London: European shares put a sell-off in Shanghai stocks behind them after economic confidence in the euro area matched the highest level in four years and as speculation built the region’s central bank will boost stimulus next week. Treasuries rose as trading resumed after the Thanksgiving holiday.
The Stoxx Europe 600 Index recouped all of its 0.7 per cent slide. The Shanghai Composite Index had tumbled 5.5 per cent, its biggest retreat since the depths of a $5 trillion rout in August, dragging down emerging markets as industrial profits sank and regulators clamped down on brokers. The Swiss franc slid against all of its major peers and crude oil fell.
The better-than-estimated confidence data comes as investors assess the impact of a slowdown in China on the global economy. Yields from Spain to Germany have fallen to record lows on speculation ECB chief Mario Draghi will cut the deposit rate or expand its quantitative-easing program. That’s also weighing on the shared currency, which was set for its longest stretch of weekly declines versus the yen since the euro’s creation in 1999.
“A sizeable reduction in the deposit rate seems almost inevitable,” Commerzbank AG strategist Christoph Rieger and economist Michael Schubert wrote in a client note. To send a clear signal to the market that QE remains ECB’s preferred tool for increasing stimulus, an extension in terms of size, duration and composition is also likely, they wrote.
An index of executive and consumer confidence stood at 106.1 in November, the European Commission said Friday, and October’s reading was revised to the same level from an initial 105.9. China’s industrial profits slid 4.6 per cent last month, data showed Friday, compared with a 0.1 per cent drop in September.
The Stoxx 600 added less than 0.1 per cent at 8.10am in New York. US equity-index futures were little changed, while the yield on 10-year Treasury note fell three basis points to 2.21 per cent, with trading set to close early on Friday.
Gains in automakers and builders offset declines in European energy producers and basic-resource companies. Trading volumes in the Stoxx 600 were 30 per cent lower than the 30-day average.
Standard & Poor’s 500 Index E-mini futures expiring in December added 0.1 per cent, with the gauge little changed on the week. The US equity market will shut at 1pm in New York on Friday.
The 19-nation euro headed for its biggest monthly loss since March versus the dollar as monetary policy diverges between the ECB and the Federal Reserve.
A cut of 10 basis points to the euro area’s deposit rate is fully priced in, according to futures data compiled by Bloomberg, which also shows a 15 basis-point cut is more than 90 per cent priced in.
The euro was at 129.74 yen on Friday, set to complete a seven-week slide of 5 per cent. Europe’s common currency was at $1.0583, down 3.9 per cent since Oct. 30. It slid to $1.0566 on Wednesday, the lowest since April.
Germany’s two-year yield dropped to a record minus 0.429 per cent on Friday, while the yield on similar-maturity Finnish notes fell to minus 0.384 per cent and Spain’s slid to minus 0.049 per cent, both all-time lows.
Euro-denominated investment-grade corporate bonds have returned 0.7 per cent this month, compared with a 0.3 per cent loss for comparable notes in dollars, according to Bank of America Merrill Lynch index data through Thursday. The November gains for euro debt reversed declines for the year to a return of 0.4 per cent from a loss of 0.3 per cent.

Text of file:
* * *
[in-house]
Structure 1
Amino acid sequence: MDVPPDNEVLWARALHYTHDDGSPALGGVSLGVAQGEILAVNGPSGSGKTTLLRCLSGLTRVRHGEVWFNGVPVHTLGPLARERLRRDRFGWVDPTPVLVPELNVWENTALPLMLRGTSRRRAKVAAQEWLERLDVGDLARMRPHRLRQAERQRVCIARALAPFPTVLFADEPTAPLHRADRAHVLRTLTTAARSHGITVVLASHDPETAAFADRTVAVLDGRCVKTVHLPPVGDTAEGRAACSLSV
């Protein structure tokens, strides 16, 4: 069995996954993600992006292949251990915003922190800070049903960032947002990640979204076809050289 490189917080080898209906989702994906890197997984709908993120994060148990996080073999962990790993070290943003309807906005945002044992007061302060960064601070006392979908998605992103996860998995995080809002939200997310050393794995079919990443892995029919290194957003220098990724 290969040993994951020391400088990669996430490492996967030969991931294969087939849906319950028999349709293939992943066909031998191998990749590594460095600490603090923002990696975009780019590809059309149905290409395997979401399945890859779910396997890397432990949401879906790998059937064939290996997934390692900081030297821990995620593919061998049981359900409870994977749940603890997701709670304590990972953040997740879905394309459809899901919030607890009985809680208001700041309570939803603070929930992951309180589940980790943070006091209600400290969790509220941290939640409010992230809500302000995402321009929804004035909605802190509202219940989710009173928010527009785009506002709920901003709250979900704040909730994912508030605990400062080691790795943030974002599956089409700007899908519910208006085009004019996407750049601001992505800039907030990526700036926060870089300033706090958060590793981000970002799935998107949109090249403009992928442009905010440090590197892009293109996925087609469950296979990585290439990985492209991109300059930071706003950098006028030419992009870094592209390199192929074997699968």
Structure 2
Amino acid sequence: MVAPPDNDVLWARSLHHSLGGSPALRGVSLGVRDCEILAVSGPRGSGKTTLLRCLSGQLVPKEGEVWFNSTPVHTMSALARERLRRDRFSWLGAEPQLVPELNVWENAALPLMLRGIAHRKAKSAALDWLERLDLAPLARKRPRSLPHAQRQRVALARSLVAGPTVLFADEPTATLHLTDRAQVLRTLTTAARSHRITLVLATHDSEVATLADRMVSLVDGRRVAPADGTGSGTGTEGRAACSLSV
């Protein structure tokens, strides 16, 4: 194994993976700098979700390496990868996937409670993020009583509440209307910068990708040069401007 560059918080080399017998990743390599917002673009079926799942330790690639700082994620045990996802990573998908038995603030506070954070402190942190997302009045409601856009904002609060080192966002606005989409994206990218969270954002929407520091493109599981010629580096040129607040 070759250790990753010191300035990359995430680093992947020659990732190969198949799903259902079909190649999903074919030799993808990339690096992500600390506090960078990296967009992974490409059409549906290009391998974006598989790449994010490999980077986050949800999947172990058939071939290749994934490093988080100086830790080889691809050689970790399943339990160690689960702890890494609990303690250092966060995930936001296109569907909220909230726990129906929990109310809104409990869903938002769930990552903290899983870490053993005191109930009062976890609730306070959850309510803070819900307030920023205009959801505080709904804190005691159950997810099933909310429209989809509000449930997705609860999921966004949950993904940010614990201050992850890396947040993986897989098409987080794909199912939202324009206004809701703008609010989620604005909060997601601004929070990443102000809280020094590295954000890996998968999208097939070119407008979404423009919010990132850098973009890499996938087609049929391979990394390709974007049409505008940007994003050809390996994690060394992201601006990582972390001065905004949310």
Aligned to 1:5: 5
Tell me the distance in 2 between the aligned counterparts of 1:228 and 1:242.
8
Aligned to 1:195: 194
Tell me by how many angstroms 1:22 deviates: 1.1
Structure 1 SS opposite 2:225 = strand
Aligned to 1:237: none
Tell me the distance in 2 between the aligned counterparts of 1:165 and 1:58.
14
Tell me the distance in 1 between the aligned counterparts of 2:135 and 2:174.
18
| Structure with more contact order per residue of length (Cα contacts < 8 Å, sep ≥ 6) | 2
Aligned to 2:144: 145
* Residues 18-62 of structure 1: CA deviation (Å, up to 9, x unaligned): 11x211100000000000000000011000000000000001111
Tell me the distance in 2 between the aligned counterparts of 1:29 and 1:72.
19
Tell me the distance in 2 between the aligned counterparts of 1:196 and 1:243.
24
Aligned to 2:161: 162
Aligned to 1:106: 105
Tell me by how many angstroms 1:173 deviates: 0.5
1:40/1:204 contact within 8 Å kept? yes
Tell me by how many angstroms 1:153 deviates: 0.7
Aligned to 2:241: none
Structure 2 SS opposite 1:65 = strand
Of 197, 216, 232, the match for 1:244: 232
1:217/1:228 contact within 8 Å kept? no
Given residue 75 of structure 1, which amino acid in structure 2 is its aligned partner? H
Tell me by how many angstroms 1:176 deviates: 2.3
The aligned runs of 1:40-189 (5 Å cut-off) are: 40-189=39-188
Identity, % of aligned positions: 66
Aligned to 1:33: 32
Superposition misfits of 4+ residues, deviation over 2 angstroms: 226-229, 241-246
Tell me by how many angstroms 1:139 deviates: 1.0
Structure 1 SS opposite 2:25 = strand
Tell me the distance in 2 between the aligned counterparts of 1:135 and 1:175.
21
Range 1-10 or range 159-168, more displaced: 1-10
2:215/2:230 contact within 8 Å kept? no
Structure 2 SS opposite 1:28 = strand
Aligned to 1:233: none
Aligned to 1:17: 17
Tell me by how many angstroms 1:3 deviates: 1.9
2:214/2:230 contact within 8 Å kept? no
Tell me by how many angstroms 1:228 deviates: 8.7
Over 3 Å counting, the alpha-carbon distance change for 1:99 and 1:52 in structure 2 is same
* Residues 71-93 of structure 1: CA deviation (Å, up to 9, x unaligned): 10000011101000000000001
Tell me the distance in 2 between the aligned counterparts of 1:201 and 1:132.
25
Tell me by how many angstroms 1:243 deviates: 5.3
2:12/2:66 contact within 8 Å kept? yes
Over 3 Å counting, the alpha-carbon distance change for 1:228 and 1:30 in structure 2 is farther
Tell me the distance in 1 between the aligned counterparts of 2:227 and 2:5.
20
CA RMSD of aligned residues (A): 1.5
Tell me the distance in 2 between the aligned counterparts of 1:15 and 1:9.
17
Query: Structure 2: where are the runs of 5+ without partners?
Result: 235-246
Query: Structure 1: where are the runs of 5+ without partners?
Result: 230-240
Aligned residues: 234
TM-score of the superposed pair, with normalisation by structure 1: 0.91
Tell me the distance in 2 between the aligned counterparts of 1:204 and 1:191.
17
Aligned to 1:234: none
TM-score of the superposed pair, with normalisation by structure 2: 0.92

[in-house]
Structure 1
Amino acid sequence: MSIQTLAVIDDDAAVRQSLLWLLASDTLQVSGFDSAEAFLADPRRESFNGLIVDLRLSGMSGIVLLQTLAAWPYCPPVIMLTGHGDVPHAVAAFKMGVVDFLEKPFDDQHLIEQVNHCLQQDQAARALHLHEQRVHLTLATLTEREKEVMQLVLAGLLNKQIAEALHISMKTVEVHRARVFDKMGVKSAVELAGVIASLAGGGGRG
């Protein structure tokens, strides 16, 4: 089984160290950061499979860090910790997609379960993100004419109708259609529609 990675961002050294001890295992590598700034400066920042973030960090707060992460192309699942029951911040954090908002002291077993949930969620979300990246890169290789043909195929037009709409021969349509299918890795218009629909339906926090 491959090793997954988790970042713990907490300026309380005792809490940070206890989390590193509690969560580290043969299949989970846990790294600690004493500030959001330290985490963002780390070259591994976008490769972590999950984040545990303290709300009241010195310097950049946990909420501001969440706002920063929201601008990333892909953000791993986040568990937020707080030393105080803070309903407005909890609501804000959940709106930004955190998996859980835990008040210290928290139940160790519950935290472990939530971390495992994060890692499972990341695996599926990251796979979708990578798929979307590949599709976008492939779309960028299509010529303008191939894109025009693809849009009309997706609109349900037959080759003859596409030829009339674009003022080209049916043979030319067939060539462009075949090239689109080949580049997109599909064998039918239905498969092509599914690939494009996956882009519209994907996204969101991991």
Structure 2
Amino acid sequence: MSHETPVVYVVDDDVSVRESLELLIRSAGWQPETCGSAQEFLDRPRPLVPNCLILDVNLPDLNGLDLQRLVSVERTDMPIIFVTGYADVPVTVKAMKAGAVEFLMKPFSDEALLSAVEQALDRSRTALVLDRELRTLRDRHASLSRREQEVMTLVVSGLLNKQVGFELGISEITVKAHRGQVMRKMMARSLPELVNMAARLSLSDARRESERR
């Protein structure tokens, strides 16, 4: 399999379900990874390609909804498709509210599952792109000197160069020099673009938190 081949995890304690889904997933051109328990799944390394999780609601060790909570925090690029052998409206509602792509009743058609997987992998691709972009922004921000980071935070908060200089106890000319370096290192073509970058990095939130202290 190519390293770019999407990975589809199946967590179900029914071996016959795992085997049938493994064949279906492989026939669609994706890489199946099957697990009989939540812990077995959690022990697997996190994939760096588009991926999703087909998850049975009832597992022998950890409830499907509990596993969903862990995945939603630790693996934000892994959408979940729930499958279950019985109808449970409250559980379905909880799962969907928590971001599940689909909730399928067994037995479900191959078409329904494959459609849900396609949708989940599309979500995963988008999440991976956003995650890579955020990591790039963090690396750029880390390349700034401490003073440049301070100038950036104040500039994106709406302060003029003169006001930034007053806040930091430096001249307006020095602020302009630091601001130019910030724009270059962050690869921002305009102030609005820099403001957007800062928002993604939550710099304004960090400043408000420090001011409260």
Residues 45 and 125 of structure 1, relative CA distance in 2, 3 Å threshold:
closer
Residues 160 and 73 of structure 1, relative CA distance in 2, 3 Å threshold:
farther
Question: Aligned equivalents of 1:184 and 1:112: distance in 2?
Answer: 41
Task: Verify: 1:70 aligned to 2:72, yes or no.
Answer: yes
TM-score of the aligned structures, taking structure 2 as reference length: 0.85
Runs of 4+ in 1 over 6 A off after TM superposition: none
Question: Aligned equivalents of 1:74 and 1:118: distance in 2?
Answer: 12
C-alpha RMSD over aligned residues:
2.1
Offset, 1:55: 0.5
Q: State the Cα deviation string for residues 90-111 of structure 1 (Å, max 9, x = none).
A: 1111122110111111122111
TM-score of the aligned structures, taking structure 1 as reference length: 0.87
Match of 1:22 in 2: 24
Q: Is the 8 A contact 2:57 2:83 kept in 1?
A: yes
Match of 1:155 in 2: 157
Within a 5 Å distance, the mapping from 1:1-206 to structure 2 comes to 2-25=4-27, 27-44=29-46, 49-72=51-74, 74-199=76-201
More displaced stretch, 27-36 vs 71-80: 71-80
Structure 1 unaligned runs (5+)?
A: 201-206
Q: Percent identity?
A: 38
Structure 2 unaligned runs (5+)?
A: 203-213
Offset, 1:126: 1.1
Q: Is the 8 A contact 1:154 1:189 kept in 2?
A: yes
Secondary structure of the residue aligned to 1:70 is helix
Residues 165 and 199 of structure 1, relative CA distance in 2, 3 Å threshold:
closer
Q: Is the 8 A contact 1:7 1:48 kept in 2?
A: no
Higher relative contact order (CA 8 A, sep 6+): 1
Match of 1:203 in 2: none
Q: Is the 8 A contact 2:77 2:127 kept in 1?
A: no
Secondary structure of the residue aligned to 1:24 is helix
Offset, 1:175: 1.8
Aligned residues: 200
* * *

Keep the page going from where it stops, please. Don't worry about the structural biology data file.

High-yield bonds in euros have returned 0.5 per cent in November, while US junk bonds have lost 2.4 per cent amid low commodity prices.
The franc slid 0.6 per cent to 1.03 per dollar as investors speculated whether the Swiss National Bank will respond to ECB stimulus by intervening to weaken its own currency. SNB spokesman Walter Meier declined to comment.
The MSCI Emerging Markets Index dropped 1.2 per cent as benchmark gauges in China, Russia, Taiwan and the Philippines lost at least 1 per cent.
Hong Kong’s Hang Seng China Enterprises Index of mainland companies dropped 2.5 per cent to an almost two-month low. Some of the nation’s largest brokerages disclosed regulatory probes and two more companies said they’re struggling to repay bonds. The probe into the finance industry comes as the government widens an anticorruption campaign and seeks to assign blame for the sell-off earlier this year.
A gauge of 20 developing-nation currencies extended this week’s decline to 1 per cent, leaving it within 0.5 per cent of a record low reached on Sept. 28. Turkey, Russia and South Africa led losses over the period.
Turkey’s lira rebounded, paring its drop for the period to 3 per cent. That’s still the worst performer among 31 major currencies tracked by Bloomberg as tension with Russia over Turkey’s downing of the warplane on Tuesday spurred a sell-off earlier this week.
The South African rand slid 0.2 per cent and was down 2.5 per cent on the week in its biggest decline for the period in more than a month. Russia’s rouble dropped 0.4 per cent on Friday, extending this week’s losses to 2 per cent.
Oil pared its first weekly advance in a month, with futures falling 1.8 per cent to $42.26 a barrel in New York as Libya said it’s making progress to resume pumping crude after more than a year and Russia ruled out military retaliation against Turkey for downing its jet near the Syrian border.
Gold fell, heading for its sixth straight week of losses, the longest such streak since August. Bullion for immediate delivery was down 0.7 per cent at $1,064.98 an ounce, according to Bloomberg generic pricing.
Nickel dropped 3.3 per cent in London, zinc slumped 2.1 per cent and copper slipped 0.4 per cent.